Another thing that makes backgrounds challenging is that they’re often abstract. It seems as though the choices are infinite. How do you narrow them down?

I had that problem with Stevie. At first it was a little scattered. I couldn’t figure out how to make it cohesive.

At this stage of a piece I often ask for advice, especially that of my husband Tom. He’s my biggest fan and a (sometimes brutally) honest critic. He knows it’s all about the quilt and that I want to make it as good as I can.

After hashing it out with him, I fell back on doing what I suggest my students do: consider the story you’re telling.

I imagined that Stevie was on the bank of a river. She’s emerging from the undergrowth and about to slip into the water. Once I had that framework, it became easier to make decisions: at her tail (mostly) greens and grassy patterns; below her (primarily) tans and browns; above and in front (largely) blue for sky and water and more greens for treetops.

Of course I didn’t follow this formula too literally. In the end, I mixed in some colors from each quadrant into the others to help balance the quilt.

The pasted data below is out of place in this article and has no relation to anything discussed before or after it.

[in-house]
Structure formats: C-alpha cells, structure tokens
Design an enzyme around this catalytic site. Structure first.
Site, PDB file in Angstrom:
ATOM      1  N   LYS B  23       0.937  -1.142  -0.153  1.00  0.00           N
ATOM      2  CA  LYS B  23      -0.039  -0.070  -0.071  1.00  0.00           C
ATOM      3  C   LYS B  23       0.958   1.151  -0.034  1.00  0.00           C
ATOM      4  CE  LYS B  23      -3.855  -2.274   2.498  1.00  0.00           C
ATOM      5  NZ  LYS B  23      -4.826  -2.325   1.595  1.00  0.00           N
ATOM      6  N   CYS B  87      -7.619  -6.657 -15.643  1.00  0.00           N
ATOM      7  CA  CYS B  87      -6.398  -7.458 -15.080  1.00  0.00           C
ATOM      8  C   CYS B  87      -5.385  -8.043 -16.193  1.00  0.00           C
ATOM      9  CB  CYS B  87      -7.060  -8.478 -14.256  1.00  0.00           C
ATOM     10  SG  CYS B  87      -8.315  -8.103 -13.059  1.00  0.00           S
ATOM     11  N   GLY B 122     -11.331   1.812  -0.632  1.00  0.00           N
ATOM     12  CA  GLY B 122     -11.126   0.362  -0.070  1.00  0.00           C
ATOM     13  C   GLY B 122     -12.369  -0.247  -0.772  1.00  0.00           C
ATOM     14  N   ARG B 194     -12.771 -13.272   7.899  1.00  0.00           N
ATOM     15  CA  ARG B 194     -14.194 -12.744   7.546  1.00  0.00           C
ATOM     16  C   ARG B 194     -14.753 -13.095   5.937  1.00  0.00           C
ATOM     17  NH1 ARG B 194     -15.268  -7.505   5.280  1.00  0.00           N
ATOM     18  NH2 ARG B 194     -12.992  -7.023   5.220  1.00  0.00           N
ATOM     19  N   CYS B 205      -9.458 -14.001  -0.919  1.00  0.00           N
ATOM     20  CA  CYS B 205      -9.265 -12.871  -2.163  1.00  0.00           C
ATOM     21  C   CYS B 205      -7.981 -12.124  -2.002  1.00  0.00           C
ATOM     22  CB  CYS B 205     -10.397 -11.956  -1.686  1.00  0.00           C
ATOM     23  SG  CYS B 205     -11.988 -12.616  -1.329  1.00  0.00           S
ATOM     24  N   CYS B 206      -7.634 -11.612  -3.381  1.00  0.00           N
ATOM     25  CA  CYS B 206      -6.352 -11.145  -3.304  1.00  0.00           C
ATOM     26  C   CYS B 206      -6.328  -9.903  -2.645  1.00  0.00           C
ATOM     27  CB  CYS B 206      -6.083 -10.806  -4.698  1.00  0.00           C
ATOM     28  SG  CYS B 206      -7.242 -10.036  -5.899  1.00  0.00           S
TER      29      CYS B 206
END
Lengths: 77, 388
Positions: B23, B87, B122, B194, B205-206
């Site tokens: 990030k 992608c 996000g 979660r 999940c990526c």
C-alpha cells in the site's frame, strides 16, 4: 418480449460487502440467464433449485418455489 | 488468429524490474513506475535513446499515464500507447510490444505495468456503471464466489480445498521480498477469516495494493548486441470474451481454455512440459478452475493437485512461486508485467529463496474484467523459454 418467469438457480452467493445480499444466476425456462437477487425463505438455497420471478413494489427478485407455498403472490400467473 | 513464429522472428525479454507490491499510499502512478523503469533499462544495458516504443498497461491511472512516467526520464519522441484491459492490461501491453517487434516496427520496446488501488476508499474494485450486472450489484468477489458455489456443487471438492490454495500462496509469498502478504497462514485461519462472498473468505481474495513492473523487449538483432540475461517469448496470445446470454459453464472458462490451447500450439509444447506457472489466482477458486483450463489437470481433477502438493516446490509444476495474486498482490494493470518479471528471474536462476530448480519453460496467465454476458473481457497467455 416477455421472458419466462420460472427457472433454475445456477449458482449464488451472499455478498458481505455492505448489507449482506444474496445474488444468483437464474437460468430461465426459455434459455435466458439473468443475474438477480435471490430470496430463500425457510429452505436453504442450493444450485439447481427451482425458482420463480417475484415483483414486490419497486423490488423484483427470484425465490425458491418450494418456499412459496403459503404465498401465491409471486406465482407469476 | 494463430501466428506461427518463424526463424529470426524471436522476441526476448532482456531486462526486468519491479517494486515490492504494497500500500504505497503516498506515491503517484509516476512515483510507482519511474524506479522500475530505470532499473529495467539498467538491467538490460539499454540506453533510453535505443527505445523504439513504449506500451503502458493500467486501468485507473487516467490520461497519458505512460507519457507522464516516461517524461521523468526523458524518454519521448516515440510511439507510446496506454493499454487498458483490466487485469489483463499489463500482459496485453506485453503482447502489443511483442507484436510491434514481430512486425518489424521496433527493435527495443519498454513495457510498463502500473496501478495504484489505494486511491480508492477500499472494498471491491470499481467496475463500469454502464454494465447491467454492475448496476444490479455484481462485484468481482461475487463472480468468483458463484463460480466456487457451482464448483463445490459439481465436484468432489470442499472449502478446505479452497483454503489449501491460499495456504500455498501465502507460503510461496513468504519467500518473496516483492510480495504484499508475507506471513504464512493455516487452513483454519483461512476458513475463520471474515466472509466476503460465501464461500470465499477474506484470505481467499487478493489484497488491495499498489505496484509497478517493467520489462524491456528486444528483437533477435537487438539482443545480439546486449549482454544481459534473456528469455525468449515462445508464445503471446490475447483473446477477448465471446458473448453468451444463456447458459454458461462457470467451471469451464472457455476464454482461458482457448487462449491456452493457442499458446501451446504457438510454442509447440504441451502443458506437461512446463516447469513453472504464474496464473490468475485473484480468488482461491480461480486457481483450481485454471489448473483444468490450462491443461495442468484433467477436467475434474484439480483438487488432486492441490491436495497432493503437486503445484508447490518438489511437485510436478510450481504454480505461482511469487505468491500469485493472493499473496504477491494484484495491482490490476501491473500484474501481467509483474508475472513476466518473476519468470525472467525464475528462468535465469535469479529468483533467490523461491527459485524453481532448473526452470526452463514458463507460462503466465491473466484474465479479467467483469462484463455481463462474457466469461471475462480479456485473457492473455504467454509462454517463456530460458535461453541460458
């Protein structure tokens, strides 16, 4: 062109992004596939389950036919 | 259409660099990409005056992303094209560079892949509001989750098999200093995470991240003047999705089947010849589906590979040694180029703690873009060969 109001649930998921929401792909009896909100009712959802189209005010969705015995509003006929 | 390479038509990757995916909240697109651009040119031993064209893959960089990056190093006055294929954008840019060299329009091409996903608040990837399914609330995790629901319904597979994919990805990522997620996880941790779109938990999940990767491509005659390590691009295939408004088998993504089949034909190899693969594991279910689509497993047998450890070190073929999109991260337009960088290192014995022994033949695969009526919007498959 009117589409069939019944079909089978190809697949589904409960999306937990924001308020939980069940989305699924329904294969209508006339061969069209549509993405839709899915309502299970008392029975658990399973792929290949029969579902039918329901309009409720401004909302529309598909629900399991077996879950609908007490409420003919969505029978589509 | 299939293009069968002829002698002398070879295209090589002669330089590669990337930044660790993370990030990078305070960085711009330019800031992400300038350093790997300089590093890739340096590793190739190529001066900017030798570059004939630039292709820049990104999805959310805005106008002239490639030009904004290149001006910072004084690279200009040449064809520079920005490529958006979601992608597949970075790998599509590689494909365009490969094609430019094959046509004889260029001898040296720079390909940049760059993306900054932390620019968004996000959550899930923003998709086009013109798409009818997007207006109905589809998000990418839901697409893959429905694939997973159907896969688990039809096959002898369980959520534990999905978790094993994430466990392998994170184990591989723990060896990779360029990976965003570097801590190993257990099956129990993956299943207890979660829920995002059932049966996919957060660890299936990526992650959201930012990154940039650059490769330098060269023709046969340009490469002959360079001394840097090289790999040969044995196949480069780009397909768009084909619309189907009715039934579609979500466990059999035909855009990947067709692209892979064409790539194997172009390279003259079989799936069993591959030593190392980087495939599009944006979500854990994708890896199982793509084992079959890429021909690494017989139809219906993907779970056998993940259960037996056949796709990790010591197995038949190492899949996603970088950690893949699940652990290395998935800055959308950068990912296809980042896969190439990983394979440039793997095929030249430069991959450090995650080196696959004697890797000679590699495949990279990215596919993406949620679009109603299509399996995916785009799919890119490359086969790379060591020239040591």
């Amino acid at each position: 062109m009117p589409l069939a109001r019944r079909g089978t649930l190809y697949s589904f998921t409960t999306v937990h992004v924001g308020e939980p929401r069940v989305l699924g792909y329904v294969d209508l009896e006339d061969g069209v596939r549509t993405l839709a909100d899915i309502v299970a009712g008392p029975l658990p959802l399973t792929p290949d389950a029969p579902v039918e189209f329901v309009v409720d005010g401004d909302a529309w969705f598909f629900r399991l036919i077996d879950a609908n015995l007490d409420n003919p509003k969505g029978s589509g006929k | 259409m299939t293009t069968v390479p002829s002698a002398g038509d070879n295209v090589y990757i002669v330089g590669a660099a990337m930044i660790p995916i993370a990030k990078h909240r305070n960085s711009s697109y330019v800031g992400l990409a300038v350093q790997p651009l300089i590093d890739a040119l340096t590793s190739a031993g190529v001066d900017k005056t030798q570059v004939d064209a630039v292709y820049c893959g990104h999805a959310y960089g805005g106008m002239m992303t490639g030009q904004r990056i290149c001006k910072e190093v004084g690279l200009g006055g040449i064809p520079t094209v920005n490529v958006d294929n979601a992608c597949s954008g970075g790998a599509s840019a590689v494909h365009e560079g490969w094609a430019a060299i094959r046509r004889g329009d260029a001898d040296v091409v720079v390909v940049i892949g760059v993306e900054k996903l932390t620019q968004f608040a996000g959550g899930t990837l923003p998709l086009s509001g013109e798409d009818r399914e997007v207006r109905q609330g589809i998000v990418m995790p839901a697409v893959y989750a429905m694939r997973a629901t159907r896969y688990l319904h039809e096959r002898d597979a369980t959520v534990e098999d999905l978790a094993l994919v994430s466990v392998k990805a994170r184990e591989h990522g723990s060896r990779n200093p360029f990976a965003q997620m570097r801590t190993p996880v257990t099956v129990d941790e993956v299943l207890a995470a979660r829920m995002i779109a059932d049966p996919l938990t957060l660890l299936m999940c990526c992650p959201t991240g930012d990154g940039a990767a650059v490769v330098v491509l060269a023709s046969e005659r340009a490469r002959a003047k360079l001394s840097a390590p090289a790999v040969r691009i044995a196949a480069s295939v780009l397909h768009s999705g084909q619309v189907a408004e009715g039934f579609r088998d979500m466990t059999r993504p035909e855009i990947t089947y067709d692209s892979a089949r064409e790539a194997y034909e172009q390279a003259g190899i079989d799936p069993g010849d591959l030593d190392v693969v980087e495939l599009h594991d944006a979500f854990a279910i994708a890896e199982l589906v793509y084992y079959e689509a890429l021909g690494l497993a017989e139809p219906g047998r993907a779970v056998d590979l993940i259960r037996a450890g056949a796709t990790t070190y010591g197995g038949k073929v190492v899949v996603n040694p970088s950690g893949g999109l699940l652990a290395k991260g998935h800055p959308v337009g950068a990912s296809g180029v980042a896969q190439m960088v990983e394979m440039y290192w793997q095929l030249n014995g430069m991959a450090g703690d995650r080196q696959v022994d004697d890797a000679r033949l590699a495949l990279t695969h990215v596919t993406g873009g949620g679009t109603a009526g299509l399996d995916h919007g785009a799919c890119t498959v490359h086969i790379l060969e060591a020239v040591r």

Djinni gives her approval to the background I chose.
Djinni gives her approval to the background I chose.

Leap Before Your Look

I have a confession: all while I was piecing Stevie, I didn’t know for sure how or even if I could quilt it. I knew it wasn’t going to fit under my Bernina home machine. Sure, I could probably squash it under the arm, but I wouldn’t be able to manipulate it.

As I came closer to completing the image, I think this issue bothered Tom more than me. I was too busy piecing and gluing. But it was there in the back of my mind.

I had a couple ideas: a friend had a room he used for sewing marine canvas—tops for boats and such. Or I could have sent it out to a professional long-arm quilter, but—call me selfish—I didn’t want to share her with anyone. I’ve always done my own quilting and I had become quite possessive of my crocodile at this point.

As the deadline loomed, and completion of the quilt drew closer, I at last let a friend take me to a visit a quilt shop that did quilting on a long-arm. After talking with the owner, she graciously agreed to let me rent time on her machine so that I could do it myself—she even tutored me. It was the perfect solution.

The point is, with every quilt, with every art project, there’s an element of the unknown. It’s a leap of faith. No matter how you plan, life will consistently provide obstacles. But if you trust yourself—and trust in the universe—solutions will present themselves.

Sometimes you have to leap before you look.

Using a long-arm machine to quilt Stevie.
Using a long-arm machine to quilt Stevie.

Continued in Part 3 of 3